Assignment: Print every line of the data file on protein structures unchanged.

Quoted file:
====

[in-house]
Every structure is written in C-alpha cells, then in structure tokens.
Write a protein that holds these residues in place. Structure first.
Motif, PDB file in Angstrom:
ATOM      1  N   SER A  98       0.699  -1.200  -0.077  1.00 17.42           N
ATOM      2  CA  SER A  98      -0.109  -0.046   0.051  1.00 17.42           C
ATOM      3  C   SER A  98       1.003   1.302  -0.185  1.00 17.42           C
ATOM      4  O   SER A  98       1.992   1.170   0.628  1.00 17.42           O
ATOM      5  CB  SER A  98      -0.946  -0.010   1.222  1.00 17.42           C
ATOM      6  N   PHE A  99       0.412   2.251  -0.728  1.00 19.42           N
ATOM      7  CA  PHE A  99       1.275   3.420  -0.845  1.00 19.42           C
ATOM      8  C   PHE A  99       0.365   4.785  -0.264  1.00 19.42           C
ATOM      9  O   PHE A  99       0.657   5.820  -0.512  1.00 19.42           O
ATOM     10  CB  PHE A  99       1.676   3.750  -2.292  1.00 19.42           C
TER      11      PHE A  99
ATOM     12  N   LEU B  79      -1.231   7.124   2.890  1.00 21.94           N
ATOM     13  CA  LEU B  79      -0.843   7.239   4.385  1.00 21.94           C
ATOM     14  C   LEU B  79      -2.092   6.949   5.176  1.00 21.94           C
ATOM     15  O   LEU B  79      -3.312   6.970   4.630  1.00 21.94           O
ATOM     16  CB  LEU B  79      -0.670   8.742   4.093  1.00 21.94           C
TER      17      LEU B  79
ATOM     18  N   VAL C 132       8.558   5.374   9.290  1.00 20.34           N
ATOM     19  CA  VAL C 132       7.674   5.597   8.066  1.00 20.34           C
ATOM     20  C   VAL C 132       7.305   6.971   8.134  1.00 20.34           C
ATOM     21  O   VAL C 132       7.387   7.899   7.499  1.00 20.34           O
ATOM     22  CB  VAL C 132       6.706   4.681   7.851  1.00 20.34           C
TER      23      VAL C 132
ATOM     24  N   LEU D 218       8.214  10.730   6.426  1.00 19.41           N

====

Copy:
[in-house]
Every structure is written in C-alpha cells, then in structure tokens.
Write a protein that holds these residues in place. Structure first.
Motif, PDB file in Angstrom:
ATOM      1  N   SER A  98       0.699  -1.200  -0.077  1.00 17.42           N
ATOM      2  CA  SER A  98      -0.109  -0.046   0.051  1.00 17.42           C
ATOM      3  C   SER A  98       1.003   1.302  -0.185  1.00 17.42           C
ATOM      4  O   SER A  98       1.992   1.170   0.628  1.00 17.42           O
ATOM      5  CB  SER A  98      -0.946  -0.010   1.222  1.00 17.42           C
ATOM      6  N   PHE A  99       0.412   2.251  -0.728  1.00 19.42           N
ATOM      7  CA  PHE A  99       1.275   3.420  -0.845  1.00 19.42           C
ATOM      8  C   PHE A  99       0.365   4.785  -0.264  1.00 19.42           C
ATOM      9  O   PHE A  99       0.657   5.820  -0.512  1.00 19.42           O
ATOM     10  CB  PHE A  99       1.676   3.750  -2.292  1.00 19.42           C
TER      11      PHE A  99
ATOM     12  N   LEU B  79      -1.231   7.124   2.890  1.00 21.94           N
ATOM     13  CA  LEU B  79      -0.843   7.239   4.385  1.00 21.94           C
ATOM     14  C   LEU B  79      -2.092   6.949   5.176  1.00 21.94           C
ATOM     15  O   LEU B  79      -3.312   6.970   4.630  1.00 21.94           O
ATOM     16  CB  LEU B  79      -0.670   8.742   4.093  1.00 21.94           C
TER      17      LEU B  79
ATOM     18  N   VAL C 132       8.558   5.374   9.290  1.00 20.34           N
ATOM     19  CA  VAL C 132       7.674   5.597   8.066  1.00 20.34           C
ATOM     20  C   VAL C 132       7.305   6.971   8.134  1.00 20.34           C
ATOM     21  O   VAL C 132       7.387   7.899   7.499  1.00 20.34           O
ATOM     22  CB  VAL C 132       6.706   4.681   7.851  1.00 20.34           C
TER      23      VAL C 132
ATOM     24  N   LEU D 218       8.214  10.730   6.426  1.00 19.41           N